Nancy: I have to tell you about that verse. On the weekend of my twenty-first birthday, I was home with my family celebrating my birthday. Then I flew back that Saturday to Virginia where I was working at the time. When I landed in Virginia, having just left my parents hours earlier, I got a call from my mother that my dad had just had a heart attack and was instantly with the Lord, age fifty-three.

The Lord is so kind. This is the sweet thing about having God’s Word imbedded in your heart. That verse, Psalm 119, verse 68, is the first conscious thought that I had when I got that call: “God is good, and He does good.” Then there was just a whole flood of other thoughts, you know, and tears, and things to process. But in God’s providence, that verse: “God is good; You are good, and You do good,” was such a bedrock to my heart.

What’s interesting and sweet, as you think about parenting and teaching your children the Word and the ways of God, that was a concept—the sovereignty, the goodness, the providence of God—that my dad and mom had spent the first twenty-one years of my life building into my life. Then when that stalwart thing in my life, my dad, was gone with no warning, God was so kind to bring that truth that had been just drilled into me to make it so real and conscious at that moment.

So I’ve always loved that verse, too, and am just so thankful that, in the midst of loss, turmoil, pain, confusion, to be able to lift our eyes above the circumstances and say, “You are good, and You do good—You only do good.” And to know that somehow, though that didn’t seem good to me at that moment (my mom was forty years old now widowed with seven children ages eight - twenty), none of that seemed good. Losing your dad on the weekend of your twenty-first birthday—none of that seemed good.

But what a wonderful gift that is to give to your children—the Word of God. When they need it, which is all the time, they’re pointed to God and His ways and His goodness. So thanks for sharing that.

Woman 4: For me, I had the worst time getting all the way through Psalm 119. I told the ladies I had to start reading from the back because I knew the front so well of Psalm 119. But I was having trouble with knowing the concepts from the end. Verses 67 and 71, throughout my life, have been an incredible reminder to me that growth does come through pain. Quite often the best growth I have is when He allowed me to be afflicted.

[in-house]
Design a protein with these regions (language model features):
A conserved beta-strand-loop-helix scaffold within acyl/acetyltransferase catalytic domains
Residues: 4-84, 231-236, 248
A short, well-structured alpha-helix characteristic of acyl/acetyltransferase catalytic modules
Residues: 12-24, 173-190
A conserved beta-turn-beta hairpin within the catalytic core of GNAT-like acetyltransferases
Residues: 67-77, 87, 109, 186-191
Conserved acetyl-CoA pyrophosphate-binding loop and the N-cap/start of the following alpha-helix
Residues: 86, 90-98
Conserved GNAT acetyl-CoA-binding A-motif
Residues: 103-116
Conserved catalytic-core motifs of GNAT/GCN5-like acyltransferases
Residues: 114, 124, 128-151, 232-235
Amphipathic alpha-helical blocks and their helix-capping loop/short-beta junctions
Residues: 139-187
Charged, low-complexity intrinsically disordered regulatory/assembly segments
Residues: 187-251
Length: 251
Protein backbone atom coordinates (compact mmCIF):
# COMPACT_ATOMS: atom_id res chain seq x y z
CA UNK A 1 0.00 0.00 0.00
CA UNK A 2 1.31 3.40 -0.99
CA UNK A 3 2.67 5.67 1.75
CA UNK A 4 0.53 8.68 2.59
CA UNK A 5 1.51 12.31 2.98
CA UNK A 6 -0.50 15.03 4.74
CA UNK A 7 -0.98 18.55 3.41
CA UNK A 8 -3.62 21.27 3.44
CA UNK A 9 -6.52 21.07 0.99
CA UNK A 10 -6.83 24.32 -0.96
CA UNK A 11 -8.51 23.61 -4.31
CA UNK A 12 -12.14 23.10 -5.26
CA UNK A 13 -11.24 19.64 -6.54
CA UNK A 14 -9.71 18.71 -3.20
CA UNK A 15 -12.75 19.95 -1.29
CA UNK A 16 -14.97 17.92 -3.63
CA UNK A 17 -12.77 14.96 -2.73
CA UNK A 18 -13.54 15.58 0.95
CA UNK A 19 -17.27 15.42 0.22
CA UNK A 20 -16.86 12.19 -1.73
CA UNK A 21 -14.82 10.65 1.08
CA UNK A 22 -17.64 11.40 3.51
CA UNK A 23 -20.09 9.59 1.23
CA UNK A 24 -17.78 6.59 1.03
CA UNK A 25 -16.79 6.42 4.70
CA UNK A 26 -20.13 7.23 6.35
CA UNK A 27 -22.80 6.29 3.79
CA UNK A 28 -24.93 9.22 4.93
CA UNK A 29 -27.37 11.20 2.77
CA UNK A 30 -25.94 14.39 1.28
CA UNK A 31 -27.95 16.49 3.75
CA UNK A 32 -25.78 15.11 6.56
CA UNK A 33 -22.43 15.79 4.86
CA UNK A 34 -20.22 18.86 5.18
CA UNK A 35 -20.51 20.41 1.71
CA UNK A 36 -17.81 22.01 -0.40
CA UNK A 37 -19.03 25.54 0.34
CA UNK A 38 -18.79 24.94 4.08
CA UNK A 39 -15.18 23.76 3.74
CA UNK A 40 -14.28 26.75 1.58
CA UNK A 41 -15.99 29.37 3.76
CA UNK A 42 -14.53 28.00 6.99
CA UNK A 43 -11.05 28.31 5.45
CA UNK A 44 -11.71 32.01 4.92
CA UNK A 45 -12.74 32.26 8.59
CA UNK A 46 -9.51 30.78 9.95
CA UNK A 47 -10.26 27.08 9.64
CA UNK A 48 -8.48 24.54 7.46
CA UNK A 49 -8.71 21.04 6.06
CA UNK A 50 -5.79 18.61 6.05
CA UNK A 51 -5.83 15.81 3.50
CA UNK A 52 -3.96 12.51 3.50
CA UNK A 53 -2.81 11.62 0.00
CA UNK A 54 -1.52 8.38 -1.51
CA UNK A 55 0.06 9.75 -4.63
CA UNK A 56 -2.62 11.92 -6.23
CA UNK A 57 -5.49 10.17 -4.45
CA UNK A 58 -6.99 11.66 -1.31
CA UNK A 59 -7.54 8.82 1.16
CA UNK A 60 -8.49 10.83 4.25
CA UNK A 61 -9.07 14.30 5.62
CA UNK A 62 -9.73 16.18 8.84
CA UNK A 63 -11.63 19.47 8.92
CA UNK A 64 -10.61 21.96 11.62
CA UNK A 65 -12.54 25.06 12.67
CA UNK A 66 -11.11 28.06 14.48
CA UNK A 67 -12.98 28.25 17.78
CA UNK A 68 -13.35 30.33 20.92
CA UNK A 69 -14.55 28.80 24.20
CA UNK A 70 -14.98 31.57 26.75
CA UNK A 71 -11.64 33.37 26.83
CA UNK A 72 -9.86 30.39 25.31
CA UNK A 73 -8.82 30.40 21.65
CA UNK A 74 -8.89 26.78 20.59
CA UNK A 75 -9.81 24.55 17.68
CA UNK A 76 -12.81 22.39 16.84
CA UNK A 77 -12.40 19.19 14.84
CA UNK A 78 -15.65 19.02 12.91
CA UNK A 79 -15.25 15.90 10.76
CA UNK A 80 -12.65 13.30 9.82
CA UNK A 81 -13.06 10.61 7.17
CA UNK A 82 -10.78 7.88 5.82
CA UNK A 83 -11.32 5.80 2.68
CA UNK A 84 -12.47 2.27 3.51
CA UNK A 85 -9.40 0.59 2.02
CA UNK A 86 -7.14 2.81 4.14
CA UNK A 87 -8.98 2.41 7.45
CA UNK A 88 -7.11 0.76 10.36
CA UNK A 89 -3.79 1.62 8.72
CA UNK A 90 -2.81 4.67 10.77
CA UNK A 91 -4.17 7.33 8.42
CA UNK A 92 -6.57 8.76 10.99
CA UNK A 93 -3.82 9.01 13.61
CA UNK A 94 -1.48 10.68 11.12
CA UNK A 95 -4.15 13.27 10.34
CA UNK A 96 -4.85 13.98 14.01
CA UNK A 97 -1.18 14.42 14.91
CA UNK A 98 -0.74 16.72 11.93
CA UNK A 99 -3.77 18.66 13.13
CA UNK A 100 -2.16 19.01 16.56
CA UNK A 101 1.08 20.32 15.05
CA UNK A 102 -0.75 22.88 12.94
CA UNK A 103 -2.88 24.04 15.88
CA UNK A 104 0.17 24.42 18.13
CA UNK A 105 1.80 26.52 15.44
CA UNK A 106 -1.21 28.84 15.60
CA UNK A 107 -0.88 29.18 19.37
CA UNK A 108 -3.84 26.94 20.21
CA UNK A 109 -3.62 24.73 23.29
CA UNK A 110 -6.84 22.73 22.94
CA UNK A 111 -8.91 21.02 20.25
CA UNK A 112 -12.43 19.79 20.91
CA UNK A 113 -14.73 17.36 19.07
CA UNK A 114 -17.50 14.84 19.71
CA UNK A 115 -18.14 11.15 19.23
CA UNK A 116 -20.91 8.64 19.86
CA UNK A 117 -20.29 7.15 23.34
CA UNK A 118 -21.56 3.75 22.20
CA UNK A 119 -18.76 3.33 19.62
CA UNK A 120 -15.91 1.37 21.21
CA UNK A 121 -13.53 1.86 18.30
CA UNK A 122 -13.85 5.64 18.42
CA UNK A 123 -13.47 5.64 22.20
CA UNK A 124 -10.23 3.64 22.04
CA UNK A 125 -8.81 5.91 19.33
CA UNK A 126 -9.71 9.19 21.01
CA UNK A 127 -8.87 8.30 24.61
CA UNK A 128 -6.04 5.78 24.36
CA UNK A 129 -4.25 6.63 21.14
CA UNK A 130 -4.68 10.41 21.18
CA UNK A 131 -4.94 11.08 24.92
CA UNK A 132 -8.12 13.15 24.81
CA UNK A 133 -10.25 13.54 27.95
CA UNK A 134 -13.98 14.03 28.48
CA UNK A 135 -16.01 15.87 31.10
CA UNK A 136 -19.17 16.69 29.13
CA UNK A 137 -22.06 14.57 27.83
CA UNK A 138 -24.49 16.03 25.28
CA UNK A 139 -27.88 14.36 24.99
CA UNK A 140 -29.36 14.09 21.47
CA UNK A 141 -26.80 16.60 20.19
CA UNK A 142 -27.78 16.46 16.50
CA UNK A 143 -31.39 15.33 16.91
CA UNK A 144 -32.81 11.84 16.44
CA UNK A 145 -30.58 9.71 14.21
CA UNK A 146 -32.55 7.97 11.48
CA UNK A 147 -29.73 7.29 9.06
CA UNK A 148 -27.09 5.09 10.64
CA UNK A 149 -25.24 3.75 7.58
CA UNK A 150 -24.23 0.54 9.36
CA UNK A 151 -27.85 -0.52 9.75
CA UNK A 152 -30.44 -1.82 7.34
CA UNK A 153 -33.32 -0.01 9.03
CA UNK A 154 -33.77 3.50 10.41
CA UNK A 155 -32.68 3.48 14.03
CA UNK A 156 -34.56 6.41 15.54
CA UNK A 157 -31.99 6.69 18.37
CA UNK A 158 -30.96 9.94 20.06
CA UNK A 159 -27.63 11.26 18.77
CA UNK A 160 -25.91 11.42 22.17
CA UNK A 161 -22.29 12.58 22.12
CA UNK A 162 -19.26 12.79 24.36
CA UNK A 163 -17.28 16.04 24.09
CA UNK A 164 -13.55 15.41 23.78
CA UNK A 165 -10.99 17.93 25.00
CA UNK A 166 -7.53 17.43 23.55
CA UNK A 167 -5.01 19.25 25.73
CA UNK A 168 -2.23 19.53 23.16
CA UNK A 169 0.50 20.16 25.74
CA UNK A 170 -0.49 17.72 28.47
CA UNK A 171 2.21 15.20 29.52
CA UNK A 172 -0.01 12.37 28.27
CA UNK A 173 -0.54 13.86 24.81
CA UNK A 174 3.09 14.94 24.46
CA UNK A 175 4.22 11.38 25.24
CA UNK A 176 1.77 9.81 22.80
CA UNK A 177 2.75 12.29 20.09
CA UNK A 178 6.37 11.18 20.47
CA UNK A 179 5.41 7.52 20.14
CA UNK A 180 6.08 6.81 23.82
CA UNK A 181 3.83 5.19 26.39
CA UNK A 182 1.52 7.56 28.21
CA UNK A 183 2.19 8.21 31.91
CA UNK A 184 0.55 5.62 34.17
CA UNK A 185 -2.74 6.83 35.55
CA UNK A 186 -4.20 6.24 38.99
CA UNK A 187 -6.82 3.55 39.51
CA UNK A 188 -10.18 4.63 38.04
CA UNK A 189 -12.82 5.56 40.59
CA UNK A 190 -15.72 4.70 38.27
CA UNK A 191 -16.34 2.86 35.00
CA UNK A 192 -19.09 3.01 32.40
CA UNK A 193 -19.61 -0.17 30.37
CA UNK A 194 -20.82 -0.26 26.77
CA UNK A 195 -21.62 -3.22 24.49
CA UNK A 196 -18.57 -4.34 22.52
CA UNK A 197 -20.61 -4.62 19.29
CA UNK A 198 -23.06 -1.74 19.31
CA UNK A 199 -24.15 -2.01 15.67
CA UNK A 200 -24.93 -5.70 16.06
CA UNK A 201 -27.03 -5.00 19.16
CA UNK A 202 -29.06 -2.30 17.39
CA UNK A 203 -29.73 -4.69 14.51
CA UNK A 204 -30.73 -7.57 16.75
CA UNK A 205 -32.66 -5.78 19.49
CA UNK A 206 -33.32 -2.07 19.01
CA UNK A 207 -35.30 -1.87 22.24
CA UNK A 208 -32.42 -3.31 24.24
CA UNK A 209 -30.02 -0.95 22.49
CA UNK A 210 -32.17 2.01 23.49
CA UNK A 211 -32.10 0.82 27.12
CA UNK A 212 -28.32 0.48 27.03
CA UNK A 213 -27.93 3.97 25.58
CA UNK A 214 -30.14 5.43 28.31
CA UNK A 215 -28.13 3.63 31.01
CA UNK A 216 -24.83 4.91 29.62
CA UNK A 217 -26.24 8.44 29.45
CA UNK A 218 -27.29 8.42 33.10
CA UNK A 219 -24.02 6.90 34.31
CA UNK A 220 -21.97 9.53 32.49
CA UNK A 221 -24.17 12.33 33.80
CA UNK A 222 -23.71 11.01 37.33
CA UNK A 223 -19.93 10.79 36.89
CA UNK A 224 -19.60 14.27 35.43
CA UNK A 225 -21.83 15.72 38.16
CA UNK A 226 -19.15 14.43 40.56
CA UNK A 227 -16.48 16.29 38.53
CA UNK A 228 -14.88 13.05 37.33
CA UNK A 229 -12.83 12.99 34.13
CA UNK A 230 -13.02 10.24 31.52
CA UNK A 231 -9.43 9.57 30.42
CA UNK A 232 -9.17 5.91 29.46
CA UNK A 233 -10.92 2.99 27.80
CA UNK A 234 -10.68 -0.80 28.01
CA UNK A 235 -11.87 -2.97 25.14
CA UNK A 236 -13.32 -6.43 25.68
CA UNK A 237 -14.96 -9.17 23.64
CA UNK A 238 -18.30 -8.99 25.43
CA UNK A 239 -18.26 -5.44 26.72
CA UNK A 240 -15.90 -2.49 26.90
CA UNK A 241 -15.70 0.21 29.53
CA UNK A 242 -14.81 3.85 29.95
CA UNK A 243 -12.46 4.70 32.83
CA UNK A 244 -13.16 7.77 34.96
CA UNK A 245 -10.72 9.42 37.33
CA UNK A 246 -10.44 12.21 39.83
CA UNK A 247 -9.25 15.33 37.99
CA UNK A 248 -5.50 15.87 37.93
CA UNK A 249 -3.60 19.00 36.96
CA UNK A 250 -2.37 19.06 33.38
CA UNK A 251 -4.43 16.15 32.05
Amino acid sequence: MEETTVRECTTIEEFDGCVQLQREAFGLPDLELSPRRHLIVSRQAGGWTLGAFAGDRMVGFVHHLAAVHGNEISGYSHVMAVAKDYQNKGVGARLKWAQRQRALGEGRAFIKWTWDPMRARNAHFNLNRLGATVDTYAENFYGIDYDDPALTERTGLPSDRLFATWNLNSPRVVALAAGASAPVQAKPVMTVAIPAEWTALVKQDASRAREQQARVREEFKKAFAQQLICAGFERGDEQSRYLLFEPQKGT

And while I’m in it, I’m really having a hard time with that thought process. But every once in a while those verses would pop up again in my mind. I would be reminded that there is going to be a good that comes from that. So those two verses really have encouraged me.

Nancy: And for those who don’t have those two verses memorized, let me just read them to you. Verse 67: “Before I was afflicted, I went astray, but now I keep Your Word.”

And I have written in the margin of my Bible there, there’s a progression there. When we go astray or we wander from God’s ways, then God in His mercy will sometimes bring affliction into our lives. Now that’s not the only reason He brings affliction, but it is one reason. And the same way that when your children are going astray you maybe bring some affliction into their lives because you know they need some consequences for their choices.

And, again, not all suffering is consequences for sin, but sometimes it is. So we go astray. God allows us to be afflicted. And then the result is we keep His Word. It restores us to a place of obedience. We don’t wander anymore from His Word.

It’s the same concept in Hebrews chapter 12 that says God, as a good father, disciplines His children so that we can become partakers of His holiness. It says, “No discipline for the moment seems joyful—it’s painful—but it produces that peaceable fruit of righteousness when we’ve been trained by it” (v. 7 paraphrased).

Same concept as you see here in Psalm 119, verse 67: “Before I was afflicted, I went astray." The implication is then I was afflicted, and then now I keep Your Word; now I follow You; now I’m not going to wander away from You.